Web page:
Stanley Rosen 骆思典 teaches political science at USC and for six years served as director of the East Asian Studies Center. Rosen has written on a wide range of subjects, from his early work on the Cultural Revolution to his work on education, film, and soft power. His most recent books are Art, Politics and Commerce in Chinese Cinema (ed. with Y. Zhu) and Chinese Politics: State, Society and the Market (ed. with P. Gries). Rosen is co-editor of the journal Chinese Education and Society.
David Shambaugh 沈大伟 teaches political science and is director of the China Policy Program at George Washington University. He previously taught at the University of London and edited the leading journal in the field, The China Quarterly. His many influential books include China Goes Global: The Partial Power, China’s Communist Party: Atrophy and Adaptation, and Modernizing China’s Military: Progress, Problems, and Prospects. His latest, China’s Future and the 6th edition of The China Reader: Rising Power are just out.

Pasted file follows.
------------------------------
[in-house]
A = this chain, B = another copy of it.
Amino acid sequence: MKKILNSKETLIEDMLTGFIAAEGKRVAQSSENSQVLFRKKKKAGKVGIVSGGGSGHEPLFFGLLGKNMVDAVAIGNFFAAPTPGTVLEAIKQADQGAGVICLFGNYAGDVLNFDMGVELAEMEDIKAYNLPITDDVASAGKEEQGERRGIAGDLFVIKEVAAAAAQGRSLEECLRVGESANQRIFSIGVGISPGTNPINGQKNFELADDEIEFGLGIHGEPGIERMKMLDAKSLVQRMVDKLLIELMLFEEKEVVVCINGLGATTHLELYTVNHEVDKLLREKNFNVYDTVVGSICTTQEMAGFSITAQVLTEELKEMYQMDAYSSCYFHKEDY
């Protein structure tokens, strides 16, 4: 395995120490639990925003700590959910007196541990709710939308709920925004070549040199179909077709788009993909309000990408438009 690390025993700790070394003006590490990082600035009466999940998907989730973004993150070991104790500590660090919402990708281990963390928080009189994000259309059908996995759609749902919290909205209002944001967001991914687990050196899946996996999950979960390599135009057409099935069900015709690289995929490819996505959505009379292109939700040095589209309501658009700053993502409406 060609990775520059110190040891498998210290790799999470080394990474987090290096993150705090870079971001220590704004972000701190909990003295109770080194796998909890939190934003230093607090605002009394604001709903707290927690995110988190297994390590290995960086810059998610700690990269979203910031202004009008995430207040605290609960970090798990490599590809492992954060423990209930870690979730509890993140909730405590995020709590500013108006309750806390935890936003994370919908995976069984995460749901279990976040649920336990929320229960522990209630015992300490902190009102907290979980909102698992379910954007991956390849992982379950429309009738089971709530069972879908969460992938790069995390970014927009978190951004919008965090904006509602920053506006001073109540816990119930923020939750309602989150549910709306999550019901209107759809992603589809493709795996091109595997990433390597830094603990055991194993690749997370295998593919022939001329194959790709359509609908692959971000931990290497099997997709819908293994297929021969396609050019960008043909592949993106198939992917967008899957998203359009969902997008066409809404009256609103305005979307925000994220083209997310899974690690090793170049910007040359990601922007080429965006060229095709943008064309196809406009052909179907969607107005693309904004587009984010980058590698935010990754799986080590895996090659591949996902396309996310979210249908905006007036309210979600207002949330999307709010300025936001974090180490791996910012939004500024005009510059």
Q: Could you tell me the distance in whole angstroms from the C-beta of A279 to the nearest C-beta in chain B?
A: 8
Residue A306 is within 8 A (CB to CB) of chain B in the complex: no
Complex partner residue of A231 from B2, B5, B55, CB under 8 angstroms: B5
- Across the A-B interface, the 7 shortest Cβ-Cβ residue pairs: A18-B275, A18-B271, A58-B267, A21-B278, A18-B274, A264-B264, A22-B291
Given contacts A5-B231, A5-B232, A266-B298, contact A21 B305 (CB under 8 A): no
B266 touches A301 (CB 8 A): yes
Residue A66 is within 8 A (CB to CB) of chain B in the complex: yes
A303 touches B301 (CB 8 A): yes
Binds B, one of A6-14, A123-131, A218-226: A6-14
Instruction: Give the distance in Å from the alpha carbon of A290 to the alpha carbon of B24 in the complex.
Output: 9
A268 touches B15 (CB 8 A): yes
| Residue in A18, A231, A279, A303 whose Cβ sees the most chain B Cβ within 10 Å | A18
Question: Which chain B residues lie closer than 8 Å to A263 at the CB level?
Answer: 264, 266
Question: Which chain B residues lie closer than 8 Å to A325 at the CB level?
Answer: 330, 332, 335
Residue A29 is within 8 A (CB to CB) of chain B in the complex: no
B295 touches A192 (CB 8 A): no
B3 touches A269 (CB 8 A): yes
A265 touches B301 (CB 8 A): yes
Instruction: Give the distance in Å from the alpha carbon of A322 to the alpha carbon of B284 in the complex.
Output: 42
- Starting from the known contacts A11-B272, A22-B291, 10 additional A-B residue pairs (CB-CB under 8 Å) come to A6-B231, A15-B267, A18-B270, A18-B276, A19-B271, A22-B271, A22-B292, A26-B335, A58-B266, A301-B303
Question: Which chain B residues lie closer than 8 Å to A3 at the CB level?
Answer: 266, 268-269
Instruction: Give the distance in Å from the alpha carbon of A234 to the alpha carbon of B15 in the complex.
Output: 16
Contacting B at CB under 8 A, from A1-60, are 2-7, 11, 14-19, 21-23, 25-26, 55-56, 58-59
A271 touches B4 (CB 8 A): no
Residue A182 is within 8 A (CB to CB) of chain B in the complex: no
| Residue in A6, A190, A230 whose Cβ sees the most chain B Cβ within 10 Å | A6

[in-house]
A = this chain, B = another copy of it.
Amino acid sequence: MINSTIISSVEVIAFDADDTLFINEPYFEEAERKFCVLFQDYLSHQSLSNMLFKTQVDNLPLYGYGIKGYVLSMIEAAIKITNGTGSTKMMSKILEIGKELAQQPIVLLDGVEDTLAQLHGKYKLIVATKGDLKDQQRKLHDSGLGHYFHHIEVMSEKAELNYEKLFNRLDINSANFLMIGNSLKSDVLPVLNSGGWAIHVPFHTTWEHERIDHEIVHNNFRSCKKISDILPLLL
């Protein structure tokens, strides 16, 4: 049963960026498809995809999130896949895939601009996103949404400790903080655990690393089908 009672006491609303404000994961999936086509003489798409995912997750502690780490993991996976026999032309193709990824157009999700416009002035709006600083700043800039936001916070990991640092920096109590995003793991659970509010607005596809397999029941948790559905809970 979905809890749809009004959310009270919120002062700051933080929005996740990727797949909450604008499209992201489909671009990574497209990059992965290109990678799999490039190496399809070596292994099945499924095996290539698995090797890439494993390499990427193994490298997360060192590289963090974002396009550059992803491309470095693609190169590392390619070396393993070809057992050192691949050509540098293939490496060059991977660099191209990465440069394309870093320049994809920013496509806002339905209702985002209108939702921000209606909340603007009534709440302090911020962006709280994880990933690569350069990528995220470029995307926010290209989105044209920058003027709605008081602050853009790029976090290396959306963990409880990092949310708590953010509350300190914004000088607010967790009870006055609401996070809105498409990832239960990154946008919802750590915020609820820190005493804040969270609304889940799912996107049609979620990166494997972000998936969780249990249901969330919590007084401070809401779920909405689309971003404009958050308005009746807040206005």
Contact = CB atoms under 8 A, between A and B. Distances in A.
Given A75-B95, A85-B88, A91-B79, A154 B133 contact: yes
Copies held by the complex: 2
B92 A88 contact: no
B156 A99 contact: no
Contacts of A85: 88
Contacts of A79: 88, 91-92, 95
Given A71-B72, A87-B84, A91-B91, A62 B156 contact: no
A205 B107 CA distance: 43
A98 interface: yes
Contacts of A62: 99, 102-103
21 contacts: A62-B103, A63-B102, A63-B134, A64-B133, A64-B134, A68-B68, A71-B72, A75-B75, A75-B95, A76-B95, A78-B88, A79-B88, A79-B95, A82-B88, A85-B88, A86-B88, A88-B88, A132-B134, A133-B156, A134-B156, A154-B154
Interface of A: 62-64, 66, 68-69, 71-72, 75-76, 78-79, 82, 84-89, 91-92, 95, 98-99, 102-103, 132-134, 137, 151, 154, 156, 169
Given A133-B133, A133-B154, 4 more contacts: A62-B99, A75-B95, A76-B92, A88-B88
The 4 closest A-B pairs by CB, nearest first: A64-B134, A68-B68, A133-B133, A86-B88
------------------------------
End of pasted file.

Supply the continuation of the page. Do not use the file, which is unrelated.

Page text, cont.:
SHEN Dingli 沈订立was trained as a physicist but has become one of China’s foremost international relations scholars and commentators. He teaches at Fudan University where he is currently the deputy dean of the Institute of International Affairs. He previously headed the Fudan Center for American Studies. A prolific writer of hundreds of articles and op-eds, Shen is also the author of academic works on arms control, American national security strategy, conservatism and American foreign policy, economic power shifts, and international order.